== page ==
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Ephesians 1:15-23

At every level, whether local or worldwide, prayer is the church’s heartbeat.  Just as working on a healthy heart contributes to a healthy body, devotion to prayer contributes to a healthy church.  While Paul does not prescribe how to pray as he opens his letter to the Ephesians, his insight regarding prayer gives the church body, both then and now, challenging words.  

In looking at Ephesians 1:15-23, there are three themes that readers can take away, each of which have great importance for spiritual formation in personal and community life.  First, we must pray.  It is a significant and consequential action that we have to take seriously!  Paul starts out by stating that he prays for the Ephesians by thanking God for their faith and love.  He also prays for them to know God more through wisdom and an ever-deepening understanding of the hope, blessings, and promises they have in Christ.  Finally, he prays that they know the true power of God that is at work in them.

Paul’s prayer should stir questions in our hearts, especially as we look at the violence, strife, and seemingly fruitless arguments that occur around us on a daily basis.  Paul wrote that he does not cease in giving thanks for the faith and love of the Ephesian Christians.  This statement should challenge us to ask if we, in an authentic way, are also giving thanks for the faith and love of those around us.  Even more, Paul’s words should really challenge us to ask if we are doing the same for Christians from different traditions or political parties who we disagree with on various points.  

In applying Paul’s words, we end up living with a primary and constant perspective of prayer and thanksgiving for the work of God in other people’s lives, even Christians we disagree with.  The result of this type of mindset is a genuine demonstration of the kind of Christian love that will draw those who do not know Christ into the church.  Paul’s first reaction is prayer; our first reaction to other Christians should also be the kind of prayer Paul writes about, ultimately contributing to a healthy church heart.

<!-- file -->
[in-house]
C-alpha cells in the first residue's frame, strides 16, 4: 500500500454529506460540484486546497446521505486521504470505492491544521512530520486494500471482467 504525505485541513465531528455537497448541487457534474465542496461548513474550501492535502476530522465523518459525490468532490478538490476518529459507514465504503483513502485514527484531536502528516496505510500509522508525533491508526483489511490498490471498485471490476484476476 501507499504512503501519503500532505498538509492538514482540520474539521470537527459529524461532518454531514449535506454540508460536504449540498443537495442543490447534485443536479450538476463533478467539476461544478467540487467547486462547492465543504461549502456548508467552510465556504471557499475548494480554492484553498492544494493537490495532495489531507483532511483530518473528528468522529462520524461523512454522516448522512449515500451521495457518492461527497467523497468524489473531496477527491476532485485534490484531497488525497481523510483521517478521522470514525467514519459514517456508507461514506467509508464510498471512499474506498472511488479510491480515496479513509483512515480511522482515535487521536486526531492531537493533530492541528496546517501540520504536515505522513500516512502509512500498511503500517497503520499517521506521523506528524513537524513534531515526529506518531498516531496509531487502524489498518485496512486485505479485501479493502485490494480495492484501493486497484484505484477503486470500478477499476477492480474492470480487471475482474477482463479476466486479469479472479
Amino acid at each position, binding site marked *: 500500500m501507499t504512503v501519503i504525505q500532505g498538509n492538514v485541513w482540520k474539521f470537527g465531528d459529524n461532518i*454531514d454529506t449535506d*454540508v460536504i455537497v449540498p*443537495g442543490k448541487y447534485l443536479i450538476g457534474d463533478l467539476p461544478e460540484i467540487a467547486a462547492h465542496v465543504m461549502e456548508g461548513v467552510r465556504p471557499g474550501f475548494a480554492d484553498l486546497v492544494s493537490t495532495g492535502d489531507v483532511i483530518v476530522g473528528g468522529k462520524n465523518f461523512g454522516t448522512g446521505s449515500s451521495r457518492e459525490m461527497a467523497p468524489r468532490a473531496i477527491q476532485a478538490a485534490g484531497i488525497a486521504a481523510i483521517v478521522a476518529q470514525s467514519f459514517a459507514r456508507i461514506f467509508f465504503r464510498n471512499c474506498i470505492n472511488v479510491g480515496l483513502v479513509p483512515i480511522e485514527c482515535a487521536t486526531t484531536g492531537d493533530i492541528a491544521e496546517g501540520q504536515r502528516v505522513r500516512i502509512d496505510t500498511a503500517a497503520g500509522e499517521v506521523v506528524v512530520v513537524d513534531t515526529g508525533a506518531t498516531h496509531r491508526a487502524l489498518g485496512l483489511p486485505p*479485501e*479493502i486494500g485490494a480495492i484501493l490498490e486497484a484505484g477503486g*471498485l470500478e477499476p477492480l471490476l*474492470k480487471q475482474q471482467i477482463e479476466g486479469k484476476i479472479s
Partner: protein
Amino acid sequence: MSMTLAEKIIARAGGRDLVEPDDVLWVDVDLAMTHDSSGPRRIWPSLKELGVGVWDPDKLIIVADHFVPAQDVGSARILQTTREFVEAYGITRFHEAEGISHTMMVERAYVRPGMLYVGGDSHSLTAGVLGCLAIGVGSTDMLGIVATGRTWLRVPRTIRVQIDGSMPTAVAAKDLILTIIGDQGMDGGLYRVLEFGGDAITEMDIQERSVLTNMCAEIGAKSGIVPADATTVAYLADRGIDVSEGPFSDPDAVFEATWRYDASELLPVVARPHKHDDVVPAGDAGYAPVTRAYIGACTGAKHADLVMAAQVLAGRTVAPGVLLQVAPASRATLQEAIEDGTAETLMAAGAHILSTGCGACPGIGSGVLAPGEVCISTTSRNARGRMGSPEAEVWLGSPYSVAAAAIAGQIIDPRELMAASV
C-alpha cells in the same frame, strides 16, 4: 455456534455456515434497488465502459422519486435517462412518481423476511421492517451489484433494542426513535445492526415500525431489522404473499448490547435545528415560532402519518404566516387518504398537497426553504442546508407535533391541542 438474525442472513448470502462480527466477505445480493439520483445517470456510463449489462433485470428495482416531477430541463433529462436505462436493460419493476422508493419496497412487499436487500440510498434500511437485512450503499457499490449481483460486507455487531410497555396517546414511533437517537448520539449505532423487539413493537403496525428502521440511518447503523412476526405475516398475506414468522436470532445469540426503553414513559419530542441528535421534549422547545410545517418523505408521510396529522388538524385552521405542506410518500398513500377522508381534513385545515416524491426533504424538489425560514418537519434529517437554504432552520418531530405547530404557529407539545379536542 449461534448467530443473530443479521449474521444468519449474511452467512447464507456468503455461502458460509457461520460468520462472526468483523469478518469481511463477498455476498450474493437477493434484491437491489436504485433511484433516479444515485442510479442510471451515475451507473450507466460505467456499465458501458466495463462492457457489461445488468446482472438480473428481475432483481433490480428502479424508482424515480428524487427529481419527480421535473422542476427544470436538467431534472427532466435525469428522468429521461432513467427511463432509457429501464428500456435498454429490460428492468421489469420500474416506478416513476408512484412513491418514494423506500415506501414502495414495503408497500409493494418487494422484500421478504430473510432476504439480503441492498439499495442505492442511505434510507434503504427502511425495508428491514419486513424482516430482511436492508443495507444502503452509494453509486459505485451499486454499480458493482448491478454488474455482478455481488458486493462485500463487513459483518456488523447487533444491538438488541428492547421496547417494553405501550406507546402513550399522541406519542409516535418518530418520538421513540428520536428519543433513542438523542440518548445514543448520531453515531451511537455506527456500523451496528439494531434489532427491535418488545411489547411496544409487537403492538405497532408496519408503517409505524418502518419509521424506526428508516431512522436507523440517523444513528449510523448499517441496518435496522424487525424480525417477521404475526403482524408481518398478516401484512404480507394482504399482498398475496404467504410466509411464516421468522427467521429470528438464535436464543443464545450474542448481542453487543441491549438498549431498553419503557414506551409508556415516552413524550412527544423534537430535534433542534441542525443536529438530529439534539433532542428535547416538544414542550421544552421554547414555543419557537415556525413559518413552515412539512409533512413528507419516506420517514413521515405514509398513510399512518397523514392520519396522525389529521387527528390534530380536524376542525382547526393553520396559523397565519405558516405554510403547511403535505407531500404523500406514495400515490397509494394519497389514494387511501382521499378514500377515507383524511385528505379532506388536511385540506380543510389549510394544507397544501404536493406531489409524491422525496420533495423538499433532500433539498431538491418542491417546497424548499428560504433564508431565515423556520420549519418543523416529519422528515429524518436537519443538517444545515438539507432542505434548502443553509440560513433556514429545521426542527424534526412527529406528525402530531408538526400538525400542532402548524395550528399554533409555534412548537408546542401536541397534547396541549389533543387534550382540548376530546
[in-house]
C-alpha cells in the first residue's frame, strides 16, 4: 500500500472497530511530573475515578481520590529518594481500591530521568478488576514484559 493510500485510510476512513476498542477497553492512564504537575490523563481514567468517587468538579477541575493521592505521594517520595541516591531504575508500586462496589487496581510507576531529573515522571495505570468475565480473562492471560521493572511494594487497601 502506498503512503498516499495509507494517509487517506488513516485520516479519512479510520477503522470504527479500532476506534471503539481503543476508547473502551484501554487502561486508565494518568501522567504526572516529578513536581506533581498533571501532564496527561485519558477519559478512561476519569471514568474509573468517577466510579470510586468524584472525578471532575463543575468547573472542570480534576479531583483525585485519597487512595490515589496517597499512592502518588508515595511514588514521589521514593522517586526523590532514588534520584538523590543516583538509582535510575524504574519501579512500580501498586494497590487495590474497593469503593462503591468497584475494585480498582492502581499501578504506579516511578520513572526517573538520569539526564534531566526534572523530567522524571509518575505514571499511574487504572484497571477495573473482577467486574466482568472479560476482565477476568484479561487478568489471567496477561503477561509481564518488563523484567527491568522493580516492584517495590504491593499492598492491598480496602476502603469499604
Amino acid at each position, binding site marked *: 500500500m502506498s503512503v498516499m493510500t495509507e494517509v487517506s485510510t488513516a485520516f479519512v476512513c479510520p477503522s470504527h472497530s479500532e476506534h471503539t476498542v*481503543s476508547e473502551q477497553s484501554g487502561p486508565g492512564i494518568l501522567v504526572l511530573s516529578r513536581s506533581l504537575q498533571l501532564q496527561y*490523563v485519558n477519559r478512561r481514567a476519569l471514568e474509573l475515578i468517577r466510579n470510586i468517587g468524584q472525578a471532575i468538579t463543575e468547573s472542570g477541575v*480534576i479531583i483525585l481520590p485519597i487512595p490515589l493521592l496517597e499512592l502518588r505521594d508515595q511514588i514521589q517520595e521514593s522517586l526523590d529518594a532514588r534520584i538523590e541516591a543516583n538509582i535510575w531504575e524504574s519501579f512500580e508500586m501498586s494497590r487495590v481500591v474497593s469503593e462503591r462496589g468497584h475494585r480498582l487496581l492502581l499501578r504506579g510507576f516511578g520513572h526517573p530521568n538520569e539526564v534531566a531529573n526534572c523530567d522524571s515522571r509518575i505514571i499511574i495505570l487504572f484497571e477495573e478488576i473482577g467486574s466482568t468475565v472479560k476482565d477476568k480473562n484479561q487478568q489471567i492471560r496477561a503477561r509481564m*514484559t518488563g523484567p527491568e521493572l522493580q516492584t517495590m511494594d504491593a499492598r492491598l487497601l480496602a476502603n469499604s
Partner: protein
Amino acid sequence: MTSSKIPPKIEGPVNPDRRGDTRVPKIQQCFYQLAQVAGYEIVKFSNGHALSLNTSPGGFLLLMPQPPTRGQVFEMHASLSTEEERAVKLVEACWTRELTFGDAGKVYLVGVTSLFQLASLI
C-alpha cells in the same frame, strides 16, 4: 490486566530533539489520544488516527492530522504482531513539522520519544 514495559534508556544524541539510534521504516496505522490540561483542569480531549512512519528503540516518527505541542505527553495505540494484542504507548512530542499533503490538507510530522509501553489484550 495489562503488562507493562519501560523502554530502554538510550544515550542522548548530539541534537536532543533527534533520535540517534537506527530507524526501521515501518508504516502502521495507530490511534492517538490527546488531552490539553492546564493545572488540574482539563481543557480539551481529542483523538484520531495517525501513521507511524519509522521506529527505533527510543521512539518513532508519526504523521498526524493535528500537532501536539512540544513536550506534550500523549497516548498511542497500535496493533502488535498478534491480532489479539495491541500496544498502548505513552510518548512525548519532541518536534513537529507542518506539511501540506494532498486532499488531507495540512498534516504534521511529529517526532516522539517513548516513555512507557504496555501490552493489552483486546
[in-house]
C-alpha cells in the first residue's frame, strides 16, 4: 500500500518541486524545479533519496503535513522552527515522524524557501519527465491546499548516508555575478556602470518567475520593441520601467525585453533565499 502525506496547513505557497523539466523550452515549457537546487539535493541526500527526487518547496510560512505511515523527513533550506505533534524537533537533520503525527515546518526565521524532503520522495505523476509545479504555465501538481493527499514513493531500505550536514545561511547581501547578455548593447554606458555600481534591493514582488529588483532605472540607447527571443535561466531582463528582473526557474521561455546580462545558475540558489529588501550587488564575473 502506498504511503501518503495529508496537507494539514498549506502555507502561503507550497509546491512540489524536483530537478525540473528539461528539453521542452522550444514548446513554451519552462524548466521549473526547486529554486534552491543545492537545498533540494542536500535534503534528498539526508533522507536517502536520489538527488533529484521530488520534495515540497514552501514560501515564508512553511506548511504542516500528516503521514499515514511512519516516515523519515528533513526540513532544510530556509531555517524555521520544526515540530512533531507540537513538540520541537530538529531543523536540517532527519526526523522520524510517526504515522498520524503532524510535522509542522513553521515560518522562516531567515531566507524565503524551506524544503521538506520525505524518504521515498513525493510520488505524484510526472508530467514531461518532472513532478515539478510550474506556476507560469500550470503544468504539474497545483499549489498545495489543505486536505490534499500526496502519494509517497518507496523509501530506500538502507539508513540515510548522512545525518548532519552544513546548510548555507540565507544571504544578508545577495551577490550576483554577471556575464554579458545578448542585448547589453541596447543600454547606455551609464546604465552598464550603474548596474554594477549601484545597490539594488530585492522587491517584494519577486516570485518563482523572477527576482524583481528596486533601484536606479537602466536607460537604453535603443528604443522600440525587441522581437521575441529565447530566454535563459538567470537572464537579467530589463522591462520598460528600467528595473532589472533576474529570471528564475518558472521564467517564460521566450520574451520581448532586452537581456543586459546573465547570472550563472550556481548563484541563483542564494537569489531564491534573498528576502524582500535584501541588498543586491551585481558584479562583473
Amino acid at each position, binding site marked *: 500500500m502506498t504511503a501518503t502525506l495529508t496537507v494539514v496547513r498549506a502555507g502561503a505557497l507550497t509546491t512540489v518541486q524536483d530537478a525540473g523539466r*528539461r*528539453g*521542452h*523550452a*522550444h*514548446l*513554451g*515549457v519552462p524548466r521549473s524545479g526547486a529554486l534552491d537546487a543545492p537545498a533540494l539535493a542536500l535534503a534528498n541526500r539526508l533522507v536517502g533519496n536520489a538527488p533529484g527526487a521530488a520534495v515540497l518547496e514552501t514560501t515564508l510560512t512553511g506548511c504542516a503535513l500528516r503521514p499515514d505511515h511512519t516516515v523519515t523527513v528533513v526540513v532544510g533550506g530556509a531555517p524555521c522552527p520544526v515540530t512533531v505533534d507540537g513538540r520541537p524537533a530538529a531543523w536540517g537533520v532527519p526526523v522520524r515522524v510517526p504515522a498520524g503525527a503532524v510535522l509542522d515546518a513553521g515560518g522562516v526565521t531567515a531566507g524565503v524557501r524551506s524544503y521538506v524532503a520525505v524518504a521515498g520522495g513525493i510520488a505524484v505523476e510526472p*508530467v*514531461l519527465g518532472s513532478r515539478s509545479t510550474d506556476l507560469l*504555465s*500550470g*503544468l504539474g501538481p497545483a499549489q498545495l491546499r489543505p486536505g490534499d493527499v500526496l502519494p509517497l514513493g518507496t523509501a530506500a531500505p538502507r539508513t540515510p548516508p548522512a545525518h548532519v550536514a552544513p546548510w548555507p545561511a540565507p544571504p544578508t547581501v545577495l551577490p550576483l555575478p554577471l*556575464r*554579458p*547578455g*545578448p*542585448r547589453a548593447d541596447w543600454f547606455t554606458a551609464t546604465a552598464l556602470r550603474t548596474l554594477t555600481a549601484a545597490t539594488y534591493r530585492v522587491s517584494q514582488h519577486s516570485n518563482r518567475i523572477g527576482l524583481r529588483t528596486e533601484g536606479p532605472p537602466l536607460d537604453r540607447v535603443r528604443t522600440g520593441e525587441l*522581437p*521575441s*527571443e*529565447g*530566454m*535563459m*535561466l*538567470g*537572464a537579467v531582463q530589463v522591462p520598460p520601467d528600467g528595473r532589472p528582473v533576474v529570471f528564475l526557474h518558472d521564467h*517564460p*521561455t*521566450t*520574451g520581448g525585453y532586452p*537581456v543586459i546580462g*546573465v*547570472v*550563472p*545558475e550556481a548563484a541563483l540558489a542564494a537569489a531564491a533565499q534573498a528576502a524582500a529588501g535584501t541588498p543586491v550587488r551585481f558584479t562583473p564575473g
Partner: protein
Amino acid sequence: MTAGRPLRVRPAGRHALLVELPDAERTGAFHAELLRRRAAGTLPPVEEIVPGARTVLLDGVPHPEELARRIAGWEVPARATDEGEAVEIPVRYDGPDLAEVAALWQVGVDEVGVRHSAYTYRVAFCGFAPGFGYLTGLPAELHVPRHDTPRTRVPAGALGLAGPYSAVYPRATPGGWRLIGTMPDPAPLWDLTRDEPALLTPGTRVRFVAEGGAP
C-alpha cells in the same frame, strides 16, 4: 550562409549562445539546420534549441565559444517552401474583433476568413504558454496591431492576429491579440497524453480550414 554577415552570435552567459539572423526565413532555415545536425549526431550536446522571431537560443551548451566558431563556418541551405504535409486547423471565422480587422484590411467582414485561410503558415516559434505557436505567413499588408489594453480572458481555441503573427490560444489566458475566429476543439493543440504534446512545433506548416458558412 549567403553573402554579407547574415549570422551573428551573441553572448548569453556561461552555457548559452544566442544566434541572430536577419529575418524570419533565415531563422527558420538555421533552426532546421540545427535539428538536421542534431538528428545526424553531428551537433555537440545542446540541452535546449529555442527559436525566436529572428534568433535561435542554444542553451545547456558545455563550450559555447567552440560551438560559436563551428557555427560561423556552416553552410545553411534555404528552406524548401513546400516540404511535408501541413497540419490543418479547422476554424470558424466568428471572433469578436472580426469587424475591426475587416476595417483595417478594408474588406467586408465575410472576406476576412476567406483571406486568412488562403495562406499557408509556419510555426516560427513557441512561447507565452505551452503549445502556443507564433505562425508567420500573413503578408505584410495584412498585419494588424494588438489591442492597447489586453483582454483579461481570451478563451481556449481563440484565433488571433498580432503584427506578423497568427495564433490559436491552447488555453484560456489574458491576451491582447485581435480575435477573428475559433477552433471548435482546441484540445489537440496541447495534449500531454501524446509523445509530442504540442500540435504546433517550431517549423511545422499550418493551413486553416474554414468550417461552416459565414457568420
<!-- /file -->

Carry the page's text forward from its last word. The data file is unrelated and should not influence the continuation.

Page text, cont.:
Second, prayer is essential in helping us understand our identity in Christ.  Through prayer, followers of Christ gain wisdom and revelation of who God is.  The Spirit works in our hearts, renewing us so that we understand the hope of new life that Jesus Christ offers, the blessings he gives in his kingdom, and the incredible power of God at work in us.  The power that resurrected Christ is the same power that resurrects our hearts, bodies, and minds out of sin and its consequences, and into new life!  Prayer imprints the sovereign God’s powerful love for us onto each and every one of our hearts.  This love, in reaching our hearts, regardless of the condition of our hearts, changes them.  It is only in knowing Christ that our hearts can be healthy; prayer is the avenue that we know Christ and understand the pulse of his kingdom.  In both speaking and listening to God, we experience his love and become more confident of an already solidified, yet new, identity.

Lastly, Paul reminds us that with Christ’s power, we do not pray in vain.  The implications are two-fold.  Jesus Christ is the final authority; we are not placing our faith in failing institutions or bureaucrats, but God himself.  Paul states that Christ’s authority is above any other.  Nothing else can ever come close!  As we pray, this should give us comfort, confidence, and faith.  The God who demonstrates his love for us is the God who has the power to do so.  

Additionally, Paul reminds us of the power of God in us.  When we acknowledge and follow Christ as our leader, we are capable of impacting the world around us only because of the incredible strength of God’s love within us.  Our actions and words that reflect God’s kingdom, even if they seem like the smallest mustard seed, have more power than we may initially think.  Don’t take it for granted.  Again, as Paul demonstrates, the foundation of those words and actions is in the very real power of prayer to the very real power and love of God.

As you preach this week, take the opportunity to speak about prayer and how to incorporate prayer into daily life.  An example could be a prayer journal.  Many times, it is a discipline that we overlook or take for granted that our congregations are doing.  Allow Paul’s words on prayer to challenge and convict both you and your congregation to not only pray constantly, but to also to shape how you pray.  Know that you are praying to the ultimate authority on all matters.  Be willing to pray like Paul prayed for the Ephesians, with deep love for God, his church, and the people of this world.  Allow your hearts to be transformed by the incredible power of Christ’s love through prayer.  Unceasing devotion to prayer is vital and it equals a strong, healthy heart for Jesus Christ’s church.